Shakti at Work

September 28th

9:00 TO 5:00 DESIGN WORKSHOP
11:00 TO 1:00 MEETING TO DISCUSS MPB ACCOUNTS
3:00 TO 4:00 MEETING WITH ZIA, UKK Fabric producer
4:00 TO 5:00 MEETING WITH NOOREEN AND PRAJAKTA TO DISCUSS SOCIAL PROGRAMS, GLOBAL DIALOGUE THEME
4:30 TO 5:30 MEETING WITH NITYANAND, Auditor

The standing joke here is that everyone needs at least a 2-day break to recover after I leave– and I believe it. Today was Dassehra, which is a big festival for the Hindus. But everyone was working today – the embroidery artisans, MP-Mumbai and SHARE staff. We had another meeting with a fabric producer, and accounts meetings. The 4.00 – 5.00 pm meeting had to be rescheduled when we simply ran out of time. This happens sometimes because the schedule is so tight.

We heard from Nooreen and our two visitors, Summer and Katrina, about their visit to see the Dandiya dancing a couple of days ago. Our guests are from the U.S., currently working in Bangladesh, and they were interested to see some Hindu culture while in India. That was the last day of the 9-night holiday Navratri, which celebrates 9 forms of the Mother Goddess, all her different forms of shakti, or female power! Since this was the last night to see the dancing, Nooreen volunteered to take them. Nooreen is Muslim, and had never attended one of these performances. Yet she cheerfully volunteered and took them to see the dancing in a nearby slum, at 9:30 at night, although she did not know anyone there. When asked if she felt comfortable doing that, she said, “This is my Mumbai!” Strong and strong willed women are abundant at SHARE and MarketPlace!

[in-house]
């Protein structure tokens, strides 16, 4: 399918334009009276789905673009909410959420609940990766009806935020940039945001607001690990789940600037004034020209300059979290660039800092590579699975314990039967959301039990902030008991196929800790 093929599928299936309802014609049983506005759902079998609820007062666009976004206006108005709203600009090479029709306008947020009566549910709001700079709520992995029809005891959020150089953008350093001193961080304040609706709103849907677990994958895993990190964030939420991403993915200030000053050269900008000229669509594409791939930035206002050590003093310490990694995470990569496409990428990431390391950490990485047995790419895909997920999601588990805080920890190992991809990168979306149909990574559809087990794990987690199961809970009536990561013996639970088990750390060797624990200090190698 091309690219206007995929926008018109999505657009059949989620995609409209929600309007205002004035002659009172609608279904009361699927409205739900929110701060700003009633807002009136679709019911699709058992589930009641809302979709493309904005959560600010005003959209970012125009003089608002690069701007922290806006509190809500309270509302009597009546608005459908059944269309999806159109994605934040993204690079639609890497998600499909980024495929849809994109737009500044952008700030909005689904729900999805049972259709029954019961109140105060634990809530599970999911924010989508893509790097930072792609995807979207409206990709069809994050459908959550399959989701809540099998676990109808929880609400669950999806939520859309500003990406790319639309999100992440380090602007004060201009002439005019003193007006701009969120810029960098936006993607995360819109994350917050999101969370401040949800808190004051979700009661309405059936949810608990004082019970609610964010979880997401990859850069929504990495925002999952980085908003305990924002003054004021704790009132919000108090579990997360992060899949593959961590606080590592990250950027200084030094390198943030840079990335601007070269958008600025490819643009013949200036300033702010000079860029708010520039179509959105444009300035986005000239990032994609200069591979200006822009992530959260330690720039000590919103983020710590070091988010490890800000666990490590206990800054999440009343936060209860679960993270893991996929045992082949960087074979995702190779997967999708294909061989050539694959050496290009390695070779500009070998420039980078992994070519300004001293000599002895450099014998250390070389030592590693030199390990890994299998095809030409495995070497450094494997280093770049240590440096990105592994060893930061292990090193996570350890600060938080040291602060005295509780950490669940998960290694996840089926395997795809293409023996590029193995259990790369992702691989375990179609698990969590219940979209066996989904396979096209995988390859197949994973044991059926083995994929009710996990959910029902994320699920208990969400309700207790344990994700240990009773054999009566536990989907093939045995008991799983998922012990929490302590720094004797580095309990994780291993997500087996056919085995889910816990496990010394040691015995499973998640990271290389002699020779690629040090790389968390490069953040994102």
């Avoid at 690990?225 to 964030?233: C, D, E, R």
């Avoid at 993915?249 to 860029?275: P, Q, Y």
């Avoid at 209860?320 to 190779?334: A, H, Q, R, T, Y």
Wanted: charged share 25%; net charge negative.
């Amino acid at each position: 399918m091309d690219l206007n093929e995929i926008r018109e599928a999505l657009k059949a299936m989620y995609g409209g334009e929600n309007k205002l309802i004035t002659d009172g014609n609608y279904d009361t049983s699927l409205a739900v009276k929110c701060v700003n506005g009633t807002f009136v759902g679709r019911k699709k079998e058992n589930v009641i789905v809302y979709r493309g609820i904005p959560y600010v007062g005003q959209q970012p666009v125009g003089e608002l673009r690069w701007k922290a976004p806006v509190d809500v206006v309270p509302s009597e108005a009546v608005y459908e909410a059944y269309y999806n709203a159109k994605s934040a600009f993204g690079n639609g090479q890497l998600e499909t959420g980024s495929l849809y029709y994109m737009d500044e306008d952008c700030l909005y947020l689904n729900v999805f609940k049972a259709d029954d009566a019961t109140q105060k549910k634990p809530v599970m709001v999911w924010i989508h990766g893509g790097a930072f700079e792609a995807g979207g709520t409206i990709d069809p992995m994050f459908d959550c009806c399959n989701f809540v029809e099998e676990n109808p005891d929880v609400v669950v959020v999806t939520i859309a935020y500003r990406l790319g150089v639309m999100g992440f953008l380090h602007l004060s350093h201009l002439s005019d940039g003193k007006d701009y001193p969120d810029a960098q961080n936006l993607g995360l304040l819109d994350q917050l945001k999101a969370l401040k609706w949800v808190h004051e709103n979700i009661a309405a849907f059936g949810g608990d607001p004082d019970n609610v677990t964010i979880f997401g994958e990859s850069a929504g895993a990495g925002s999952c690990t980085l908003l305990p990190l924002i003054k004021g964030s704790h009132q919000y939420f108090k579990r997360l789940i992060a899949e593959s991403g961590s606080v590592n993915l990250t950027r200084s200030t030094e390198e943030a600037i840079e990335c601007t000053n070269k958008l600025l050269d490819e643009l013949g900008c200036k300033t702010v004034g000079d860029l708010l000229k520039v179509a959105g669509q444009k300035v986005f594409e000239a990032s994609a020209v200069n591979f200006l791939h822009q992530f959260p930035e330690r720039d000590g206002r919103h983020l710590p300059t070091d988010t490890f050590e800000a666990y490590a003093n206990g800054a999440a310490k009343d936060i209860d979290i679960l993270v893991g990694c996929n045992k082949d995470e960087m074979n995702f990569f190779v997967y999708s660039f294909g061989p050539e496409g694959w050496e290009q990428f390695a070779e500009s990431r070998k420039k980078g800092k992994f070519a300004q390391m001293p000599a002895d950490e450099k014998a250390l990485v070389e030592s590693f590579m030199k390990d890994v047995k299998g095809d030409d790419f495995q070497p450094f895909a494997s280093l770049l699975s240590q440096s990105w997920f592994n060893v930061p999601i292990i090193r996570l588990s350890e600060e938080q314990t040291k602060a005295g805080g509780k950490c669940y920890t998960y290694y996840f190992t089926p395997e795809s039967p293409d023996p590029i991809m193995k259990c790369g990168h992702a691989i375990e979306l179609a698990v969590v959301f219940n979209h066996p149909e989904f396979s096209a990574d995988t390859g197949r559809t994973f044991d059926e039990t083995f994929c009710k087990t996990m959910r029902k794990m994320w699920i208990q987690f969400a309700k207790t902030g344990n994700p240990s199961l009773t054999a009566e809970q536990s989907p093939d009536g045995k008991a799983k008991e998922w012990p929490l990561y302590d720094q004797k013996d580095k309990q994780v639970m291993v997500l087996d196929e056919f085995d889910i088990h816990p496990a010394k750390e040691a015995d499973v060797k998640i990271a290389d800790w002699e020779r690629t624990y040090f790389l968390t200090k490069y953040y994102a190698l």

At the end of Navratri, Dassehra continues to celebrate the victory of good over evil with the story of how the god Rama defeated the demon Ravana, the story of the Indian epic the Ramayana.  It also celebrates a new year, and the goddess Durga is worshipped on this day.  Puja (offerings) are made to  bless machines and work implements.  Out in the streets you see many vehicles – auto rickshaws, taxis, trucks, cars – adorned in orange marigold garlands.  In addition, entrances to homes are also decorated with marigold and mango leaf torans.

And then there are loud processions with bands and people singing and dancing as they move through the traffic, setting off noisy fire crackers, and taking  the statue of the Goddess Durga, whom they have worshiped, prayed to and danced around for the last 9 days, to the sea to immerse her in the water.  This is a very colorful and exciting season.

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